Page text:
519 F.2d 1001 (2nd Cir. 1975), 704, IIT v. Vencap, Ltd.

Docket Nº:704, 705 and 865, Dockets 74-1969, 74-2366 and 74-2341.
Citation:519 F.2d 1001
Party Name:IIT, an International Investment Trust, et al., Plaintiffs-Appellees-Cross-Appellants, v. VENCAP, LTD., et al., Defendants-Appellants-Cross-Appellees, and Walter Blackman et al., Defendants.
Case Date:April 28, 1975
Court:United States Courts of Appeals, Court of Appeals for the Second Circuit

Page 1001

519 F.2d 1001 (2nd Cir. 1975)

IIT, an International Investment Trust, et al.,



VENCAP, LTD., et al., Defendants-Appellants-Cross-Appellees,


Walter Blackman et al., Defendants.

Nos. 704, 705 and 865, Dockets 74-1969, 74-2366 and 74-2341.

United States Court of Appeals, Second Circuit

April 28, 1975

Page 1002

[Copyrighted Material Omitted]

Argued March 26, 1975.

Page 1003

Eugene R. Anderson, New York City (Richard W. Collins, Neal J. Morse, Leon B. Kellner, and Anderson, Russell, Kill & Olick, New York City, of counsel), for plaintiffs-appellees-cross-appellants.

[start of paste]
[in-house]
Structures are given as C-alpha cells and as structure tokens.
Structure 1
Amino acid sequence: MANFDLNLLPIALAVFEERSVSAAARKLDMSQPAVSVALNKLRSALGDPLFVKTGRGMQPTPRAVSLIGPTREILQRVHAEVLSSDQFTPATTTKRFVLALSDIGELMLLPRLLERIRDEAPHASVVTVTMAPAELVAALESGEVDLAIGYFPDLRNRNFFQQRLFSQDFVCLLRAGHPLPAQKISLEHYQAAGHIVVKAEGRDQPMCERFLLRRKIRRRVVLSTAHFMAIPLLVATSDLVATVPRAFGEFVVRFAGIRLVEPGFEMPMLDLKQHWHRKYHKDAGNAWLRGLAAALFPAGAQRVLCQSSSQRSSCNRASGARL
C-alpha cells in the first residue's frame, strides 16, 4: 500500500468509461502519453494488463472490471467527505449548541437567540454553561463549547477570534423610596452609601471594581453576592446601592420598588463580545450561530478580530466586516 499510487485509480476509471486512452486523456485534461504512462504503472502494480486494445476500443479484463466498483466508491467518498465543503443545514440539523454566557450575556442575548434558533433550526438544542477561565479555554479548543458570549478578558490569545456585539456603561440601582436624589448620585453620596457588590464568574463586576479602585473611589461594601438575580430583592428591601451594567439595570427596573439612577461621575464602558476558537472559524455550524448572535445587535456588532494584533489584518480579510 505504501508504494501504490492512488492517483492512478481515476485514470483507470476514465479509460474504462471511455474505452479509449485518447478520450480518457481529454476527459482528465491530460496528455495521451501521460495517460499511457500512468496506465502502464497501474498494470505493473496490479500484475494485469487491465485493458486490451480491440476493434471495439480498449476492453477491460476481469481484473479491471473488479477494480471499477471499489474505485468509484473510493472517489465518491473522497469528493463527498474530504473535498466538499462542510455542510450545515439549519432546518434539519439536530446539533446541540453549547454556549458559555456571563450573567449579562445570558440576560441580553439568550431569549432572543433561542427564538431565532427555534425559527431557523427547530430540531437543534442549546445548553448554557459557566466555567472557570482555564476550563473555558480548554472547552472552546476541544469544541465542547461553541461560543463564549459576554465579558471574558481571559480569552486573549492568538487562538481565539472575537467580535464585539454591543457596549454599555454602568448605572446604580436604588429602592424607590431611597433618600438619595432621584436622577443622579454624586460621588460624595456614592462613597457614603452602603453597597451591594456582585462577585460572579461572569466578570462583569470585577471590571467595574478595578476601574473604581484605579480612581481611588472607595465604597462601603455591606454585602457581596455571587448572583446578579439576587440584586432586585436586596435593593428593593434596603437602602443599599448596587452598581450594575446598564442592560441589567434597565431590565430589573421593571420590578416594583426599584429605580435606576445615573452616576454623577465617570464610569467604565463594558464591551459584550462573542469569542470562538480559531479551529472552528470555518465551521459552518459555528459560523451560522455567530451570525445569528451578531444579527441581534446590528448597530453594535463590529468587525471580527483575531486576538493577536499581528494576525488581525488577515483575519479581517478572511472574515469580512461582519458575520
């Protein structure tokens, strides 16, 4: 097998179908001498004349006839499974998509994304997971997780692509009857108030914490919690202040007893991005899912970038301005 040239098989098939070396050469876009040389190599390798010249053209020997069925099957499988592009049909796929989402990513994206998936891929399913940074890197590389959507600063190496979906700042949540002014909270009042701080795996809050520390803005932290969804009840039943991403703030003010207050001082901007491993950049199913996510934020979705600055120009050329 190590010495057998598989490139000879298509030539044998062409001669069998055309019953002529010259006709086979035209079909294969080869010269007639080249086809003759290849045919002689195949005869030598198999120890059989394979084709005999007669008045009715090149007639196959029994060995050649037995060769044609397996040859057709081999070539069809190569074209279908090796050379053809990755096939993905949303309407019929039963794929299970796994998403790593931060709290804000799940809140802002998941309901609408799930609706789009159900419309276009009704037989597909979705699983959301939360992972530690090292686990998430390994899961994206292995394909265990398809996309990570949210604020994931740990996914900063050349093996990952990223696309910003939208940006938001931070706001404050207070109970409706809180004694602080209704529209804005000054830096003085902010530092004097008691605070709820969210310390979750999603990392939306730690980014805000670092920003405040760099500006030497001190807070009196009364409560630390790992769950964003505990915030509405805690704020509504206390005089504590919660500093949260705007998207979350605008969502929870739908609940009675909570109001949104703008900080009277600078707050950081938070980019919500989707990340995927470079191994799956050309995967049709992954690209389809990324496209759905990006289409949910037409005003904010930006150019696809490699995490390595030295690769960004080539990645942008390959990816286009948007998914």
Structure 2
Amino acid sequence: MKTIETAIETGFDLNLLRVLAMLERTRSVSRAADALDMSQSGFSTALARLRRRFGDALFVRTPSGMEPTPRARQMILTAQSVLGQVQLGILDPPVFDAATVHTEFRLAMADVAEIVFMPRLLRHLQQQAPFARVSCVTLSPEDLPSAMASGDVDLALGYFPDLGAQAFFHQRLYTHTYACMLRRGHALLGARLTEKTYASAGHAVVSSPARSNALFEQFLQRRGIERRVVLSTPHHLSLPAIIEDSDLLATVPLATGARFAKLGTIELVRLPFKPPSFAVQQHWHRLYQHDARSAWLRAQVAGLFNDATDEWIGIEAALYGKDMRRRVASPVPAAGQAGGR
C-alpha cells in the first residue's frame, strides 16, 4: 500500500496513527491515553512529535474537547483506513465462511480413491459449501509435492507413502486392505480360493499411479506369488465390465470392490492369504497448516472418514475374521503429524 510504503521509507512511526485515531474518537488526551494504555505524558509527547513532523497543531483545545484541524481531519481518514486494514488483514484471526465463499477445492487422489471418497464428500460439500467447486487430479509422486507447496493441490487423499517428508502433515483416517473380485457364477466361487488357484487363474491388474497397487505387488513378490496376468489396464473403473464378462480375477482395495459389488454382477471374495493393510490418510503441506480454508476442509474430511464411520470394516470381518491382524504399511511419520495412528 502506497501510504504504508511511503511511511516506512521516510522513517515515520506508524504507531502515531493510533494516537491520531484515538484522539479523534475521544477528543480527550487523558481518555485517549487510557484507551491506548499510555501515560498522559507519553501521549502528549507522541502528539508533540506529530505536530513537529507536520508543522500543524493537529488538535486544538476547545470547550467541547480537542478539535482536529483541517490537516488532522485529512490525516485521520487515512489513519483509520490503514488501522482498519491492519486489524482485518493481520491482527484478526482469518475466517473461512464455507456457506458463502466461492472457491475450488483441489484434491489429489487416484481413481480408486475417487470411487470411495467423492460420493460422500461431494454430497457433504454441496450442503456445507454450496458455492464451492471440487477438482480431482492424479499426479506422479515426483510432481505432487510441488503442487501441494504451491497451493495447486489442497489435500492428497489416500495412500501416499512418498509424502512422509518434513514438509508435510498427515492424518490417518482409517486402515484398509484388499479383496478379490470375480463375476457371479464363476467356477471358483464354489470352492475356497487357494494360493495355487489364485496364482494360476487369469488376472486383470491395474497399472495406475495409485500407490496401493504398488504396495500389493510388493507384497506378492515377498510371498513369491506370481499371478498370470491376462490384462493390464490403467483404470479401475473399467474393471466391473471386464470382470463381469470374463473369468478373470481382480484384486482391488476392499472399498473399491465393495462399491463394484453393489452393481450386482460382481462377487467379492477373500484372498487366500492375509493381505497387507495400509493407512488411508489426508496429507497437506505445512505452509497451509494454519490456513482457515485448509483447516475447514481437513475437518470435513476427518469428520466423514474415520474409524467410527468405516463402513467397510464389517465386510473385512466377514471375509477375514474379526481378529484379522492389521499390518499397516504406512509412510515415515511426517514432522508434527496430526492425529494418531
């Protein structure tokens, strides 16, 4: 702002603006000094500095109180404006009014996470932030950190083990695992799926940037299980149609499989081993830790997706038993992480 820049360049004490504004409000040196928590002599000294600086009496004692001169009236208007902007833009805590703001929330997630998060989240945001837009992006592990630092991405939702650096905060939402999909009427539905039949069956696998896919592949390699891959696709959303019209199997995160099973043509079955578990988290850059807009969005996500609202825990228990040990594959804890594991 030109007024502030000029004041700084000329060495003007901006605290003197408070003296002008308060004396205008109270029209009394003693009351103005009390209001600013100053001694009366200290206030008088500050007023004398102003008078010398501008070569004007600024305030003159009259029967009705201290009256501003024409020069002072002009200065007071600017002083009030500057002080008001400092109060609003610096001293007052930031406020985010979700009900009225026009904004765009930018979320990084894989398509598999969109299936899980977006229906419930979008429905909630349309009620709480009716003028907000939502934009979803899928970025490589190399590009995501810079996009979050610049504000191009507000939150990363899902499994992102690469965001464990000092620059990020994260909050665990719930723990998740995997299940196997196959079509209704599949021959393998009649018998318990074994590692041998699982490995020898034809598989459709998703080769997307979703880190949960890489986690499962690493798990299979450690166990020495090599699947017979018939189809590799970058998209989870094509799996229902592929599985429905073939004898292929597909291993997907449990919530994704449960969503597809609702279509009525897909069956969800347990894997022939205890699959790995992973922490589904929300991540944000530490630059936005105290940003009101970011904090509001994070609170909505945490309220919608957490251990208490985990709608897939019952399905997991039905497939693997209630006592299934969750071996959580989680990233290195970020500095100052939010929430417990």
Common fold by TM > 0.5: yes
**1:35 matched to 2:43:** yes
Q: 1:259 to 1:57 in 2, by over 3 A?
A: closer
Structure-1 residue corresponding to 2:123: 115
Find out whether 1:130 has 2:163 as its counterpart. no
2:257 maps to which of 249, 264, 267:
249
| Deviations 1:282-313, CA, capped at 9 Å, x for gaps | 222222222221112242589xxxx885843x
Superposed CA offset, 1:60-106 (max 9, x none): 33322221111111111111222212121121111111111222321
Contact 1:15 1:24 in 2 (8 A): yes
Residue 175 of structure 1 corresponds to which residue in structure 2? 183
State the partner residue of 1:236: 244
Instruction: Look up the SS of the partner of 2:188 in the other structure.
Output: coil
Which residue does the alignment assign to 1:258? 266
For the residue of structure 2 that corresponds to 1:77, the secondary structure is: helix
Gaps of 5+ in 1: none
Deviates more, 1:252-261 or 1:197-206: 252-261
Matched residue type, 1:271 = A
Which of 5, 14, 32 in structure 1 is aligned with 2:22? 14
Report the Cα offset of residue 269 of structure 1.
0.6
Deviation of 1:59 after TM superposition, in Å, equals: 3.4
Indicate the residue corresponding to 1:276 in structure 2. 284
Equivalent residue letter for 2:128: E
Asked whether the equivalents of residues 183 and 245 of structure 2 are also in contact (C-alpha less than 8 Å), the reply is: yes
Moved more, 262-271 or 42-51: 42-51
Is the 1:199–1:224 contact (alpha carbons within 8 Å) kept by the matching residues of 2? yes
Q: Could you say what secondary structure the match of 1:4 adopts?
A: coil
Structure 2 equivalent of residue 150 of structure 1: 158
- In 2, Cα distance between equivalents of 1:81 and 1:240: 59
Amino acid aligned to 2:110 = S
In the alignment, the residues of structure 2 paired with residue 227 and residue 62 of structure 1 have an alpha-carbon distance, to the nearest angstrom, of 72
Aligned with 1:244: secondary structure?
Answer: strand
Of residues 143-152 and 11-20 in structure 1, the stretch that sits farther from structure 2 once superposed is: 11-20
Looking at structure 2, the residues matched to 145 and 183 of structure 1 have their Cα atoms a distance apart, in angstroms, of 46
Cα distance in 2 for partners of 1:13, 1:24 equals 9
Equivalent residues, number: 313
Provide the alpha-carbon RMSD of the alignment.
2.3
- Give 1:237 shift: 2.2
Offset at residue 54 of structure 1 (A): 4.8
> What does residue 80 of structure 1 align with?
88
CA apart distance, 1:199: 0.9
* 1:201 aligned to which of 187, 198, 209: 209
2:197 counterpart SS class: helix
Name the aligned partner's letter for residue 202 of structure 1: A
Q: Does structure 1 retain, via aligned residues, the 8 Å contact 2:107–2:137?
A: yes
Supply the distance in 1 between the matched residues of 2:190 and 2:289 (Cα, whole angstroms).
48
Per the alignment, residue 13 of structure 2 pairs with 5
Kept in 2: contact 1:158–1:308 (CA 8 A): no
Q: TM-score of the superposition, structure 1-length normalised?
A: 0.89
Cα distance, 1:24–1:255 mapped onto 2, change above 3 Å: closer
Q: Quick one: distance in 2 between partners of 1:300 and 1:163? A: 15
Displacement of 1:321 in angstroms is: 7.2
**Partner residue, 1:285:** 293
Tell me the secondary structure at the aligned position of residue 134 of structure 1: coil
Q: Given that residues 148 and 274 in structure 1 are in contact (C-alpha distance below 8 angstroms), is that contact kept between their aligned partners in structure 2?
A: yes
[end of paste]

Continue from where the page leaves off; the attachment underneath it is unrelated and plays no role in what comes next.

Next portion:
Gerald E. Paley, New York City (Paley & Miller, New York City, of counsel), for defendants-appellants-cross-appellees Vencap, Ltd., Intervent, Inc., and Intercapital, N. V.

Arthur A. Munisteri, New York City, for defendant-appellant-cross-appellee Richard C. Pistell.

Peter K. Leisure, New York City (John E. Sprizzo, Robert S. Lipton, John F. Egan, and Curtis, Mallet-Prevost, Colt & Mosle, New York City, of counsel), for defendants-appellants-cross-appellees Charles E. Murphy, Jr., David Taylor and Havens, Wandless, Stitt & Tighe.

Securities & Exchange Commission, Washington, D. C. (David Ferber, Charles E. H. Luedde, and David K. Ginn, Washington, D. C.), amicus curiae.

Before FRIENDLY, MULLIGAN and TIMBERS, Circuit Judges.

FRIENDLY, Circuit Judge: